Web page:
March 2021 Featured Article

The year 2020, among other things, marked the 100th anniversary of women’s suffrage in the United States. But when the 19th amendment was passed, it wasn’t the first time women were allowed to vote.


Colorado was more than twenty years ahead of its time. There, women had been allowed to vote for 27 years already. In November 1893, by a vote of 35,698 to 29,462, the people of Colorado approved a woman’s right to vote, making it the first state in the Union to do so. This unprecedented move was made possible in large part by three influential female newspaper writers – Caroline Nichols Churchill, Elizabeth Ensley, and Ellis Meredith. Because these women were such good writers, they were able to change men’s minds and influence the vote.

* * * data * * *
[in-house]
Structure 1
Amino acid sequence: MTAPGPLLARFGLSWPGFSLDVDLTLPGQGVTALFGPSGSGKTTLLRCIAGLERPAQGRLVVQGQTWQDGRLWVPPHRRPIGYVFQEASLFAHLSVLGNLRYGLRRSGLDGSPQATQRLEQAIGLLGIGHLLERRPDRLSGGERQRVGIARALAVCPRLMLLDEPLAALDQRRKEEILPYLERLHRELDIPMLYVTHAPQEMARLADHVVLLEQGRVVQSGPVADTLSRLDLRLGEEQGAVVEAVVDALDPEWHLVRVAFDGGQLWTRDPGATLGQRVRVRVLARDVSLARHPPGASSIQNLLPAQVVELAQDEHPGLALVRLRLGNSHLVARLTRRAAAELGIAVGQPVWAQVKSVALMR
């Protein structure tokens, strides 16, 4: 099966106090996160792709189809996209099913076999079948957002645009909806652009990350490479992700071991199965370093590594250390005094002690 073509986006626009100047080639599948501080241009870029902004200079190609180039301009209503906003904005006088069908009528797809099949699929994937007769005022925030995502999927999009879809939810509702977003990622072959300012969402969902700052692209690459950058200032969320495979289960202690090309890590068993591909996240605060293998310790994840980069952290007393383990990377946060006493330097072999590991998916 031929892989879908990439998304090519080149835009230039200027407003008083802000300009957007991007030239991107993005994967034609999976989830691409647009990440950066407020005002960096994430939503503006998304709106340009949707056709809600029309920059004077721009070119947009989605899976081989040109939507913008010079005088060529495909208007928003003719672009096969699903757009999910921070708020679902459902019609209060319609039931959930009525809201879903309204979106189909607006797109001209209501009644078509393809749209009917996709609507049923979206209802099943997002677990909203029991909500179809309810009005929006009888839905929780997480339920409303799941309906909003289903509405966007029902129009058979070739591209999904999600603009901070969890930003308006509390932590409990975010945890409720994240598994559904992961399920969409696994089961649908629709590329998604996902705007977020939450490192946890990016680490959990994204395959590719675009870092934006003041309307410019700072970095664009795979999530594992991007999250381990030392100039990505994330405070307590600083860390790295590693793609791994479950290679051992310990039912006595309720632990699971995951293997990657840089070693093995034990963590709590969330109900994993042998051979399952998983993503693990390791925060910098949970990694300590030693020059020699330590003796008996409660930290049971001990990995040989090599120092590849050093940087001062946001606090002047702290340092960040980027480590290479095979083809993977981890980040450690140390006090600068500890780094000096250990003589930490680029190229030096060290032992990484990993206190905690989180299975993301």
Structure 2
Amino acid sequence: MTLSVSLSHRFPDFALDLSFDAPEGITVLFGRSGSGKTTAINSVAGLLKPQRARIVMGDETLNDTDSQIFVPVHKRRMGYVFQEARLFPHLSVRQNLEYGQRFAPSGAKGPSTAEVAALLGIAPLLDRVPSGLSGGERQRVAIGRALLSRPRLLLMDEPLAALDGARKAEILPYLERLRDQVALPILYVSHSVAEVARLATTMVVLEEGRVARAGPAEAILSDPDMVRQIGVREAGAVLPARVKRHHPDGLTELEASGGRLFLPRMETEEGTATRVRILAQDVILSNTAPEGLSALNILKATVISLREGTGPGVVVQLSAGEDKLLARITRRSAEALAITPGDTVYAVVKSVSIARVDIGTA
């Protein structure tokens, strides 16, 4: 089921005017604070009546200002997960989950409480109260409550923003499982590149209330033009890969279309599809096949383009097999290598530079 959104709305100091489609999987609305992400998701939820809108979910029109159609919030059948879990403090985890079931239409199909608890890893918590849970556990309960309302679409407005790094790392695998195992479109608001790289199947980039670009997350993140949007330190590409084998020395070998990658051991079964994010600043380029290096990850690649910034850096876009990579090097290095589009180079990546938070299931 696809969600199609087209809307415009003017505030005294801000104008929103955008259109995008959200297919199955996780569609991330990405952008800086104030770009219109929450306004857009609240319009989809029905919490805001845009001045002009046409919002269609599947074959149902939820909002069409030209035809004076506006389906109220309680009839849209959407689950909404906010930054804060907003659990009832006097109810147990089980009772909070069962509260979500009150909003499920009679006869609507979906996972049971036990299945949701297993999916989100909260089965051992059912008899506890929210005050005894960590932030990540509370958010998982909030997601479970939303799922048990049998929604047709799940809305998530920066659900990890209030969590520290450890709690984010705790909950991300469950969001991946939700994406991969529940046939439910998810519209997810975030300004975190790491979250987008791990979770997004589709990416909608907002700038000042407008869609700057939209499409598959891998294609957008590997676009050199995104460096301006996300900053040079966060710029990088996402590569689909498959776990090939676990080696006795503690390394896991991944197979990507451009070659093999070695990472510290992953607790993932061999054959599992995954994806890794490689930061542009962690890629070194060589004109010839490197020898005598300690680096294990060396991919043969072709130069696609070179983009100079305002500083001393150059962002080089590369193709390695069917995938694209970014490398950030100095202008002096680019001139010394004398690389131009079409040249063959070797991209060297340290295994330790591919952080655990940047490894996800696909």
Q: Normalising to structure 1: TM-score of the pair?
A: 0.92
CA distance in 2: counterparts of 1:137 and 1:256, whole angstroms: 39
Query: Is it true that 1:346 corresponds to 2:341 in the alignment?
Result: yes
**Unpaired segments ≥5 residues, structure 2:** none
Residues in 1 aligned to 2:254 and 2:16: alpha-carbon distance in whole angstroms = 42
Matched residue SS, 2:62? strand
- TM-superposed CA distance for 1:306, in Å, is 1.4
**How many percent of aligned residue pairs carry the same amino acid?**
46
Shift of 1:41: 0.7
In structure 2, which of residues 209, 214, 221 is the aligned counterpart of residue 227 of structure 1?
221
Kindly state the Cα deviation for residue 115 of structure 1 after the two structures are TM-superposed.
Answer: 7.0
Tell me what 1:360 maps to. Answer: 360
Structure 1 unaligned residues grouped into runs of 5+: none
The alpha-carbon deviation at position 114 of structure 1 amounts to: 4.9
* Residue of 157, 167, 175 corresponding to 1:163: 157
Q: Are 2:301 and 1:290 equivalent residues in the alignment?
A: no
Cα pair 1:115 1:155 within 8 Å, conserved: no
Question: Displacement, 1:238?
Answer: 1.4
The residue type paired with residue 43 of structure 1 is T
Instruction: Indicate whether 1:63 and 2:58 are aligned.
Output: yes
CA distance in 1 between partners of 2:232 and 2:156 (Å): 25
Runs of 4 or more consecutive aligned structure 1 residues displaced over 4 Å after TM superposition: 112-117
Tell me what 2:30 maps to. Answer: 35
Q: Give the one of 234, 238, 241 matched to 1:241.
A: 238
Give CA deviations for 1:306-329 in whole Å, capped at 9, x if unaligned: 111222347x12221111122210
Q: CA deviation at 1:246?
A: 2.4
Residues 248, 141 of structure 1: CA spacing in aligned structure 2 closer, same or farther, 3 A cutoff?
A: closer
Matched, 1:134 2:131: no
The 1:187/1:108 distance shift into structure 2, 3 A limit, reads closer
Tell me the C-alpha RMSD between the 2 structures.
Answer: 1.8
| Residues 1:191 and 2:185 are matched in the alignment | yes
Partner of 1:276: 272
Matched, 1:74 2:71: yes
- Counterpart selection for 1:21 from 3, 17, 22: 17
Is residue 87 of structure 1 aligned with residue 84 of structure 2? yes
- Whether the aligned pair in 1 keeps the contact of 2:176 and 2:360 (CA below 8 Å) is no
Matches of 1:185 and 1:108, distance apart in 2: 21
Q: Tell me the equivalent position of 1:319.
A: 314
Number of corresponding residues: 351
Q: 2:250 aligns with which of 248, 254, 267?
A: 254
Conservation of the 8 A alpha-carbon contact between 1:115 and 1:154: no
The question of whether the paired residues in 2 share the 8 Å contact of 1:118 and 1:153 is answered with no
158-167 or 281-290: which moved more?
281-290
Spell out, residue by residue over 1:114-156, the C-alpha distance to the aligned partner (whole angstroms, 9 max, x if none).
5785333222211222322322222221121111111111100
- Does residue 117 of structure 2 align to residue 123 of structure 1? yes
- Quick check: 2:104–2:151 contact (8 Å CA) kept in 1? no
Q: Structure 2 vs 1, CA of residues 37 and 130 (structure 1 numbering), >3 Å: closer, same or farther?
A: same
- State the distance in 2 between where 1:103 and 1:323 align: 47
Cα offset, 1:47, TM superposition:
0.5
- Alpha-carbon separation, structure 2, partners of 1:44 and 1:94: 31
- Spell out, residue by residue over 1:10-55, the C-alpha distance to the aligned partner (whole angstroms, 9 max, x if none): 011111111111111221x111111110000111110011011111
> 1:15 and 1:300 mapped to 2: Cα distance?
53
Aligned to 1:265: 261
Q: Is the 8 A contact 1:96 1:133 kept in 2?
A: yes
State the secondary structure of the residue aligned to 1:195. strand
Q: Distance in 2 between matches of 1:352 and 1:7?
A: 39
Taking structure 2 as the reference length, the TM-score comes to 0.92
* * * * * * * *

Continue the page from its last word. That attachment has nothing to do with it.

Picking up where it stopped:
Of course, in addition to the 35,000 that voted in favor of the measure, almost 30,000 voted against it, leaving some ill will and animosity toward women. And though some newspaperwomen wielded a great deal of influence, many others continued to fight for their rights.


And that’s what colored my writing of my soon-to-be-released romantic suspense, The Silver Shadow. The heroine, Polly Blythe, is an intrepid young newspaper reporter in Denver in 1900, determined to prove to her abusive father and her condescending boss that women are as valuable as men. The Shadow, the story’s villain, is a man who has been hurt by his wife and wants to teach all women a lesson about their place in society.


The story explores where we, both men and women, truly find our worth and how both sexes are precious in God’s sight. Based on true events, it’s a story infused with hope, love, and triumph over evil. The Silver Shadow is now available for preorder.


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